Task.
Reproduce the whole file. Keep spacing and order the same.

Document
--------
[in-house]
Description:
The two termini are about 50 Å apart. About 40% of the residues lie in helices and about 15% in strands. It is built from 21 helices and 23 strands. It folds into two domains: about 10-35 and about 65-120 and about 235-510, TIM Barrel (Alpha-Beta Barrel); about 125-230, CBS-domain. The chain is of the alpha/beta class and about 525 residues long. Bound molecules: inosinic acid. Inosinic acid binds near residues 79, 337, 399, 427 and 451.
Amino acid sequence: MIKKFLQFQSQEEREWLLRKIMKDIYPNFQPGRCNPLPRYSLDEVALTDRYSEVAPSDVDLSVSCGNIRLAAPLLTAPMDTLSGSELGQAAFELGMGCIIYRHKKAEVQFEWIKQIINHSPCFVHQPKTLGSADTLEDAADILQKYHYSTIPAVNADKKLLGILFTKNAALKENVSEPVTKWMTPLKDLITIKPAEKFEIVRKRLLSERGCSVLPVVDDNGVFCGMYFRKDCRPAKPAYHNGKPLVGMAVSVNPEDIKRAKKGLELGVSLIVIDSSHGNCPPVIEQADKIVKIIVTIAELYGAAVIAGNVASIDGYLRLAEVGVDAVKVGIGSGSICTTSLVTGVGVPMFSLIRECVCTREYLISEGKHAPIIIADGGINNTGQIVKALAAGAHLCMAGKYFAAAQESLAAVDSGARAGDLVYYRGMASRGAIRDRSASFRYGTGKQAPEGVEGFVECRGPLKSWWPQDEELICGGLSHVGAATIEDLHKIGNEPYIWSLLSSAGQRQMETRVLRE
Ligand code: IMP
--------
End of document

[in-house]
Description:
The two termini are about 50 Å apart. About 40% of the residues lie in helices and about 15% in strands. It is built from 21 helices and 23 strands. It folds into two domains: about 10-35 and about 65-120 and about 235-510, TIM Barrel (Alpha-Beta Barrel); about 125-230, CBS-domain. The chain is of the alpha/beta class and about 525 residues long. Bound molecules: inosinic acid. Inosinic acid binds near residues 79, 337, 399, 427 and 451.
Amino acid sequence: MIKKFLQFQSQEEREWLLRKIMKDIYPNFQPGRCNPLPRYSLDEVALTDRYSEVAPSDVDLSVSCGNIRLAAPLLTAPMDTLSGSELGQAAFELGMGCIIYRHKKAEVQFEWIKQIINHSPCFVHQPKTLGSADTLEDAADILQKYHYSTIPAVNADKKLLGILFTKNAALKENVSEPVTKWMTPLKDLITIKPAEKFEIVRKRLLSERGCSVLPVVDDNGVFCGMYFRKDCRPAKPAYHNGKPLVGMAVSVNPEDIKRAKKGLELGVSLIVIDSSHGNCPPVIEQADKIVKIIVTIAELYGAAVIAGNVASIDGYLRLAEVGVDAVKVGIGSGSICTTSLVTGVGVPMFSLIRECVCTREYLISEGKHAPIIIADGGINNTGQIVKALAAGAHLCMAGKYFAAAQESLAAVDSGARAGDLVYYRGMASRGAIRDRSASFRYGTGKQAPEGVEGFVECRGPLKSWWPQDEELICGGLSHVGAATIEDLHKIGNEPYIWSLLSSAGQRQMETRVLRE
Ligand code: IMP